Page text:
Rabies alert warns parents about bats

March 19, 2002

Seeking to prevent human exposure to the rabies virus, city health officials urged parents yesterday to teach their children an important lesson -- don't touch bats.

As spring arrives, health officials said, children are more likely to encounter baby bats that are learning to fly and might land in play areas, under porches or in garages. The rabies virus can be transmitted through a bat's bite or infectious material, such as saliva, coming into contact with a person's eyes, nose, mouth or a wound.

Studies show that fewer than 1 percent of flying bats carry rabies, but up to 15 percent of sick bats harbor the disease, according to city health officials. Of 75 bats tested for rabies last year, five tested positive.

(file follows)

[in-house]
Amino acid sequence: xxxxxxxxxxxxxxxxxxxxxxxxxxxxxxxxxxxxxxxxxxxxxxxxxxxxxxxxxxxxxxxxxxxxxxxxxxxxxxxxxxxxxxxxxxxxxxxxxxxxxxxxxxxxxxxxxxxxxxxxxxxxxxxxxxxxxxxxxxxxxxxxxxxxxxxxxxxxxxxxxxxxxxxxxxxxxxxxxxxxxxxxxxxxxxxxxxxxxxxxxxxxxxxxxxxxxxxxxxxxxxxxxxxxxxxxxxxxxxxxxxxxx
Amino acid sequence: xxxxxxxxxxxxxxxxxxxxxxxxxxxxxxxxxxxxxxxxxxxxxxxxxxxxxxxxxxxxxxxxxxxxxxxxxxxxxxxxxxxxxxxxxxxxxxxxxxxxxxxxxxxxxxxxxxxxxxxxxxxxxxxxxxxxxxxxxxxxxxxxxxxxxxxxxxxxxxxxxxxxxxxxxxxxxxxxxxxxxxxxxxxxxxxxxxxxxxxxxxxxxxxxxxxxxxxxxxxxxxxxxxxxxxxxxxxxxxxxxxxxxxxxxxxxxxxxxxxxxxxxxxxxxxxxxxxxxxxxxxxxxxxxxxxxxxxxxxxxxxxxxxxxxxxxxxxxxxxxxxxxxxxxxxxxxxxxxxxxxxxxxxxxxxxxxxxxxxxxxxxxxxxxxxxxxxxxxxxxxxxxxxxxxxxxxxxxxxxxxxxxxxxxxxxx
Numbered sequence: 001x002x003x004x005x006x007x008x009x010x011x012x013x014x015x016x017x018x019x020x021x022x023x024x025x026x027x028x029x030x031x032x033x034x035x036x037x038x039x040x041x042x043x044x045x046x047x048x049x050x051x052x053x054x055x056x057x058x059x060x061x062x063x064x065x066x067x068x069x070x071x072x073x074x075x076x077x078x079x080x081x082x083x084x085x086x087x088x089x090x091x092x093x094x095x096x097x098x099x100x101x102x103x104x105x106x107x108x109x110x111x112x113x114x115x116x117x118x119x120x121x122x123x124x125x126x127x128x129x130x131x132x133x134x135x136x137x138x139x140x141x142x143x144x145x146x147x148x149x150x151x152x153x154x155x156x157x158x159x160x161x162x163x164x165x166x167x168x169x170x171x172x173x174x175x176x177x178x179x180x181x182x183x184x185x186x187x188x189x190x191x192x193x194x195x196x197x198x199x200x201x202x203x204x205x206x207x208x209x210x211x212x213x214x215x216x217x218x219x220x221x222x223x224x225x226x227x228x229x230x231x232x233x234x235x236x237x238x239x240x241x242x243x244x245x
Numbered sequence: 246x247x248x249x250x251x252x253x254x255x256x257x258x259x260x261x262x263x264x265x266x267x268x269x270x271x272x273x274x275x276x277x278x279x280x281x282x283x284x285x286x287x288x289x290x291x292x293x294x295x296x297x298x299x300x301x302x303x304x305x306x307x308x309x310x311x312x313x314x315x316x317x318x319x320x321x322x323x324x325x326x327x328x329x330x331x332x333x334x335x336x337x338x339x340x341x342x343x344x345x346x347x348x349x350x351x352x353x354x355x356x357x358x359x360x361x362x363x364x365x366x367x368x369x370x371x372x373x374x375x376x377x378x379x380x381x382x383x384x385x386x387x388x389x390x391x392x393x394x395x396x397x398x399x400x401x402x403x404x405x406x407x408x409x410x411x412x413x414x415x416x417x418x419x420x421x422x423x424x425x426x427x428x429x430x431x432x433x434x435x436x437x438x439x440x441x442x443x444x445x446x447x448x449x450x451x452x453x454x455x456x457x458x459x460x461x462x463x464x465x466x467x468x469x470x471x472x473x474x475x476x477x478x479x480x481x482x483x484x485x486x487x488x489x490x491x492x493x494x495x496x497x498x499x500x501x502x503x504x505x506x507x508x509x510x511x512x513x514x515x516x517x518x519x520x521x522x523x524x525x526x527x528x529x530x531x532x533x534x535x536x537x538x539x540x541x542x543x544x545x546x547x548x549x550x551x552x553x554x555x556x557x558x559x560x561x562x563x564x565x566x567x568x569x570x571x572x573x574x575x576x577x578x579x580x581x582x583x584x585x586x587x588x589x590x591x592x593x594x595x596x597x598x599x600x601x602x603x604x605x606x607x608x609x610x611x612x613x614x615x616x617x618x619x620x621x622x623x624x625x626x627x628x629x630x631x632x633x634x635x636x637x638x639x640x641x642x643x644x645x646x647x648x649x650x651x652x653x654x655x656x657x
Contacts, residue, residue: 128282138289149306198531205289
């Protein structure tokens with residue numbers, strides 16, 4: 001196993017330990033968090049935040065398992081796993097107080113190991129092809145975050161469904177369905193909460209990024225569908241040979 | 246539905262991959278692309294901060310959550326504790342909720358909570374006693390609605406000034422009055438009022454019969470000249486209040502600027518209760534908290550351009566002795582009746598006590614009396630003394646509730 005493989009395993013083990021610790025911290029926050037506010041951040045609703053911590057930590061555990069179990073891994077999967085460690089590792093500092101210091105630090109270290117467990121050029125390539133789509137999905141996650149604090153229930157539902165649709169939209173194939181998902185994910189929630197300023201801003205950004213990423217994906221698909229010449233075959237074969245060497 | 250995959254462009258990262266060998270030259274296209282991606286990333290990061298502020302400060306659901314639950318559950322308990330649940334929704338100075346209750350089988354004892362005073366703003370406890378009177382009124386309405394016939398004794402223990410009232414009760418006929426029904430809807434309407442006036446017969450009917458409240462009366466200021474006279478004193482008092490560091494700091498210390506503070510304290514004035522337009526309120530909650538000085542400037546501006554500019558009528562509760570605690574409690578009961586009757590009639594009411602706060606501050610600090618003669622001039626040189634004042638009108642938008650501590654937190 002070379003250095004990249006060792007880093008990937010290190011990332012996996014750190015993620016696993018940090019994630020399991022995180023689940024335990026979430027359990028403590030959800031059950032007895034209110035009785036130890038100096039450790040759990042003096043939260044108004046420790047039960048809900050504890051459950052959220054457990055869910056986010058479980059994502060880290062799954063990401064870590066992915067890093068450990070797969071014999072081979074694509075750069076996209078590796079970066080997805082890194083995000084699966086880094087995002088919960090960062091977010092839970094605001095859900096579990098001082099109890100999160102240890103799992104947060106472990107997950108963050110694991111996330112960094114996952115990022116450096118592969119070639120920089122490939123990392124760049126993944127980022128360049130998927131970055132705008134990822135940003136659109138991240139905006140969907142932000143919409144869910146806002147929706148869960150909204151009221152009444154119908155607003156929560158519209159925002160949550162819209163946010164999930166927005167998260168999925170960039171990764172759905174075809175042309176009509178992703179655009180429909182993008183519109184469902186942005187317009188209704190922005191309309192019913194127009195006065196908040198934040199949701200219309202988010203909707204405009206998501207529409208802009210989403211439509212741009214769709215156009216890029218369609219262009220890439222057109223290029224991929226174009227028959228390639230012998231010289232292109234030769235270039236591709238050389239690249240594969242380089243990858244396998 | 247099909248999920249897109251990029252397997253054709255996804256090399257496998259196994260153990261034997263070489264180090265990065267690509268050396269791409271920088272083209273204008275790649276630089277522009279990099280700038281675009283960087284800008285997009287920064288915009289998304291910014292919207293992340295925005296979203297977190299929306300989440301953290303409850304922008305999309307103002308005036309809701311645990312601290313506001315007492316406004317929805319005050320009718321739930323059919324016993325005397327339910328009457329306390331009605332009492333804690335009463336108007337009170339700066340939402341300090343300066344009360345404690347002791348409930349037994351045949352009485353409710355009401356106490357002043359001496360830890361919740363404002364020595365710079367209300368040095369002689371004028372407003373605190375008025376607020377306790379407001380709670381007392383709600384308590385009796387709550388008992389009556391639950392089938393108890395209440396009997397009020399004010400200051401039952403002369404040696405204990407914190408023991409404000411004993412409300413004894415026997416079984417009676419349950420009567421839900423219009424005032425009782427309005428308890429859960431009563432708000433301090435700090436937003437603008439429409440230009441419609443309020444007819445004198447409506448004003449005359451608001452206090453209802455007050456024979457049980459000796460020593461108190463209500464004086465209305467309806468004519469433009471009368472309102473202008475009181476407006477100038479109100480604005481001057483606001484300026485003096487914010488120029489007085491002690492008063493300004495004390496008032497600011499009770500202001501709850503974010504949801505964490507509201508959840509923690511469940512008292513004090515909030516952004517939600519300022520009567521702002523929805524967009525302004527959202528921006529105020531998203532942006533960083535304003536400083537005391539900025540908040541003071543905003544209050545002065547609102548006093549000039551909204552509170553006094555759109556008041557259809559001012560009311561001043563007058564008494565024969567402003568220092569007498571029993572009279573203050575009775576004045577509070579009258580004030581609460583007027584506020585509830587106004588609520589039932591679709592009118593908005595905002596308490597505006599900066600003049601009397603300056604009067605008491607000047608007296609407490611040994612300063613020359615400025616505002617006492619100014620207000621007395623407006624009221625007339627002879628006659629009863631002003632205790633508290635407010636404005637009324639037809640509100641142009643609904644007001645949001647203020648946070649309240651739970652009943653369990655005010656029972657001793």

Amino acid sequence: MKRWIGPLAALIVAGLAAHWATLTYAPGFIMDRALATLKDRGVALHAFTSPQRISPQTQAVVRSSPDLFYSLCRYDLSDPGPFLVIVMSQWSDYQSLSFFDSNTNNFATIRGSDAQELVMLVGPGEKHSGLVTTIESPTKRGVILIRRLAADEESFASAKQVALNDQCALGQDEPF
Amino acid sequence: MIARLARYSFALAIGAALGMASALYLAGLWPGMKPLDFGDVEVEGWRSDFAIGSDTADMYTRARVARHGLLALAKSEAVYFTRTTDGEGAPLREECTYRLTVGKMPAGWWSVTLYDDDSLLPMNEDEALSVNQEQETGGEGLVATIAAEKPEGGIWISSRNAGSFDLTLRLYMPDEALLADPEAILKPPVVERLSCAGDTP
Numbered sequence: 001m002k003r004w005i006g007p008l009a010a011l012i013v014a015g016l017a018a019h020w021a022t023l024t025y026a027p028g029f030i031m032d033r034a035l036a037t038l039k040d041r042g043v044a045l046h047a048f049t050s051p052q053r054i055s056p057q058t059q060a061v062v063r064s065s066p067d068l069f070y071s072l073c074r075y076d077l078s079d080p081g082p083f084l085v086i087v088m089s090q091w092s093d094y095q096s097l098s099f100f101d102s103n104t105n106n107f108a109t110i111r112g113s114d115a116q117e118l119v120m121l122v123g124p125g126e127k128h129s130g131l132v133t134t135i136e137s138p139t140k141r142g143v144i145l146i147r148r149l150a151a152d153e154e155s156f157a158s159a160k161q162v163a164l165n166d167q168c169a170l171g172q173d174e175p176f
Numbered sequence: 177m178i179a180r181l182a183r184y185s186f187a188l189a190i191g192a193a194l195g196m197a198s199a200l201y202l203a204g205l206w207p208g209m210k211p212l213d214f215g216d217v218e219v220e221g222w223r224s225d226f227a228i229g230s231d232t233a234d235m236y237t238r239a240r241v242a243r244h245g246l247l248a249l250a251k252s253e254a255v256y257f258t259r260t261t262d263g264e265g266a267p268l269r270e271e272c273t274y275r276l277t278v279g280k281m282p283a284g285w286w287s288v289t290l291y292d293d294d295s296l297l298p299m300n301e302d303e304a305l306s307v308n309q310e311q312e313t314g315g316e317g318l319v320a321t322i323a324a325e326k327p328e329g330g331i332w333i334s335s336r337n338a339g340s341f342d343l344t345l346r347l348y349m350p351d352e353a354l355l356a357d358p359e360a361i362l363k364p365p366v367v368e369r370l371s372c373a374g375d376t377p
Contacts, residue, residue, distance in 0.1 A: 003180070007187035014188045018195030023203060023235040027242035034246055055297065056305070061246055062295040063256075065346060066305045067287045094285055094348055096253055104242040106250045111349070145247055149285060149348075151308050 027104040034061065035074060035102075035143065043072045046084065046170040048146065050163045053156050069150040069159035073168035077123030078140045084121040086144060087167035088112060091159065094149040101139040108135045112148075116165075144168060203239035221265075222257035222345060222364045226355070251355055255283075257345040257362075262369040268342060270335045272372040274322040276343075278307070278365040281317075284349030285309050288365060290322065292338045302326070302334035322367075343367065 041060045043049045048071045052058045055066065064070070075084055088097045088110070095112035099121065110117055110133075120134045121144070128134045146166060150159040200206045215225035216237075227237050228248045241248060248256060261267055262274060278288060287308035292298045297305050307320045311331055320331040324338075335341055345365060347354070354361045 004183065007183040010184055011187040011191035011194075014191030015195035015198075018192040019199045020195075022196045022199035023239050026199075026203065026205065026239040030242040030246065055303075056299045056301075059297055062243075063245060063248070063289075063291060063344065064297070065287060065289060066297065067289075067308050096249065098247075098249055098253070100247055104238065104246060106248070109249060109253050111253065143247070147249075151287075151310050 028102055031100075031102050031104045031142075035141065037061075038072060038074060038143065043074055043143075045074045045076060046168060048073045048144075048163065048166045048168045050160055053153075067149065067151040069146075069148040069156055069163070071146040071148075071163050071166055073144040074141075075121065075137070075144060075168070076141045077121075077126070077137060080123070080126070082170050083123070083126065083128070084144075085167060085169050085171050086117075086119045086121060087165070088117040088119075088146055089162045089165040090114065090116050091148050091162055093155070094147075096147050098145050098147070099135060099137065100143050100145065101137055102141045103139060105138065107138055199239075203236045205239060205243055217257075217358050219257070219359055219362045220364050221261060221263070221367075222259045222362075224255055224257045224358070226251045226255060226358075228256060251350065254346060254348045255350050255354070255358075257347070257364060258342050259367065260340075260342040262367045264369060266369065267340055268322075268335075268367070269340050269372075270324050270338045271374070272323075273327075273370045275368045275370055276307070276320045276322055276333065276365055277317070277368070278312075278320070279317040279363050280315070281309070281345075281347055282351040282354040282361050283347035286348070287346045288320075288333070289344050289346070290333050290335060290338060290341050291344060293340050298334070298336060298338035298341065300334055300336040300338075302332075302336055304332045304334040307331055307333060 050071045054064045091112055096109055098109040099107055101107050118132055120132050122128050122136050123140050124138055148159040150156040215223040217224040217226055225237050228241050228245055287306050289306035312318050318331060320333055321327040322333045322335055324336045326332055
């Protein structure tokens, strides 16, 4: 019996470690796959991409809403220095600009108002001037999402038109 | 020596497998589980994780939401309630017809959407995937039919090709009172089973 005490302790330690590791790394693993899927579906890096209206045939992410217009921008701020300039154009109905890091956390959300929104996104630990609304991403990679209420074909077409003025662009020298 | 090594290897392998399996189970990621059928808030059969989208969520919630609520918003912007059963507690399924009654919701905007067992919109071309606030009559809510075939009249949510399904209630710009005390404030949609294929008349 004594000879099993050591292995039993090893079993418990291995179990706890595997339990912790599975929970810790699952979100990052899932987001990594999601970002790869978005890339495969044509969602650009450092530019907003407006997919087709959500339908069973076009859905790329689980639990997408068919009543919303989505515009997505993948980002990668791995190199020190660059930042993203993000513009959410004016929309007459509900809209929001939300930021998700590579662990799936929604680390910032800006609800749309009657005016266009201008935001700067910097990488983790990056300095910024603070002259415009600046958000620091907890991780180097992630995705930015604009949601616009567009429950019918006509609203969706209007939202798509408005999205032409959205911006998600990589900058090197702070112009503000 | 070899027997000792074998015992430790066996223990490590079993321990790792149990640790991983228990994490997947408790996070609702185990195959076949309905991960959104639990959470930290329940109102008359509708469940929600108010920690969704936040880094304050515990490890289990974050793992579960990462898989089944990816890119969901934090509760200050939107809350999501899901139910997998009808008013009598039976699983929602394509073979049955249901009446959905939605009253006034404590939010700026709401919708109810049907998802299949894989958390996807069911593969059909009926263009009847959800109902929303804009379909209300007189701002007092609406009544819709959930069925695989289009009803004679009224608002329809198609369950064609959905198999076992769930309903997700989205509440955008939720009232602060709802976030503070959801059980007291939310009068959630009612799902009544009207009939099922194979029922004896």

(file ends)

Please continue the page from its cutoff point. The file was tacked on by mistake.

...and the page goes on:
The city had nine reported cases of bat-to-human exposure last year and 18 in 2000.

Information: the Bureau of Animal Control, 410-396-4688.

Baltimore Sun Articles
|
|
|
Please note the green-lined linked article text has been applied commercially without any involvement from our newsroom editors, reporters or any other editorial staff.